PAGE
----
Amyloid-β and tau in Alzheimer's disease

Frank M. LaFerla

May 2008

Alzheimer's disease (AD) is a devastating neurodegenerative disorder with a relentless progression. AD pathogenesis is believed to be triggered by the accumulation of the amyloid-β peptide (Aβ), which is due to overproduction of Aβ and/or the failure of clearance mechanisms. Aβ self-aggregates into oligomers, which can be of various sizes, and forms diffuse and neuritic plaques in the parenchyma and blood vessels. Aβ oligomers and plaques are potent synaptotoxins, block proteasome function, inhibit mitochondrial activity, alter intracellular Ca2+ levels and stimulate inflammatory processes. Loss of the normal physiological functions of Aβ is also thought to contribute to neuronal dysfunction. Aβ interacts with the signalling pathways that regulate the phosphorylation of the microtubule-associated protein tau. Hyperphosphorylation of tau disrupts its normal function in regulating axonal transport and leads to the accumulation of neurofibrillary tangles and toxic species of soluble tau. Furthermore, degradation of hyperphosphorylated tau by the proteasome is inhibited by the actions of Aβ. These two proteins and their associated signalling pathways therefore represent important therapeutic targets for AD.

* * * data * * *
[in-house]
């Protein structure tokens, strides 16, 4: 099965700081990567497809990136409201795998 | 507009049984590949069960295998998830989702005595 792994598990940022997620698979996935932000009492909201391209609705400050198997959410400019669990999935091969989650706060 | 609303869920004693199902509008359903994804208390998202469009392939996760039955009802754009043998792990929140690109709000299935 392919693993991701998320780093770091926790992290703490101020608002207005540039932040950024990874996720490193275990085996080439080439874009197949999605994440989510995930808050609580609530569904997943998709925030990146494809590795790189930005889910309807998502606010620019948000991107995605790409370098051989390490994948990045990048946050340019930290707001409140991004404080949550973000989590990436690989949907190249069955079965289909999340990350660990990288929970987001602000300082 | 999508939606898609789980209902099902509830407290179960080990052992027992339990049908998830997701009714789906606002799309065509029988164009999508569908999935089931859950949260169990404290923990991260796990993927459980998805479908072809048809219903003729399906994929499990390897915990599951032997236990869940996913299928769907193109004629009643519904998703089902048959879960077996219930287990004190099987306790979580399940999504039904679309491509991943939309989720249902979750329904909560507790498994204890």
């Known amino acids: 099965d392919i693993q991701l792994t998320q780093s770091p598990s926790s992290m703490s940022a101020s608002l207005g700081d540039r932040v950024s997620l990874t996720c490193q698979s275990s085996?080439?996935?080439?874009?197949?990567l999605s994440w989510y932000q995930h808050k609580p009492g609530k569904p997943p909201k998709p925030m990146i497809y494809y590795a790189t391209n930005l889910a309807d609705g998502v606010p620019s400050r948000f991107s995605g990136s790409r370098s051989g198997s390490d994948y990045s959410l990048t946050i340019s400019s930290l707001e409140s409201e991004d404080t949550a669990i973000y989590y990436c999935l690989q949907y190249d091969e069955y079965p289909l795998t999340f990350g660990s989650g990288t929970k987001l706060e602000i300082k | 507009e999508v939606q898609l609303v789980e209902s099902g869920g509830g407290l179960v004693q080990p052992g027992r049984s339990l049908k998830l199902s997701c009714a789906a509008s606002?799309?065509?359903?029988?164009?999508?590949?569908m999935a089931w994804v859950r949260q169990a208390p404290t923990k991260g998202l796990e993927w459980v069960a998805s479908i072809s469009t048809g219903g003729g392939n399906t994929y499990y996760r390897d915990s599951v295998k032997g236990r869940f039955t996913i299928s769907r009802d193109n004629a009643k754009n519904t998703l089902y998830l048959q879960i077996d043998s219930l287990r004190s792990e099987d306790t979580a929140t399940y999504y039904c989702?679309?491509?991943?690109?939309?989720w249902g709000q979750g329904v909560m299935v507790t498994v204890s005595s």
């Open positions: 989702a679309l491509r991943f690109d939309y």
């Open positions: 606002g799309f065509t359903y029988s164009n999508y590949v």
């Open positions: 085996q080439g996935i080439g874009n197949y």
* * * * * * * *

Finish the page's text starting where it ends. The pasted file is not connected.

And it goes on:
The Poster is freely available thanks to support from Elan and Wyeth.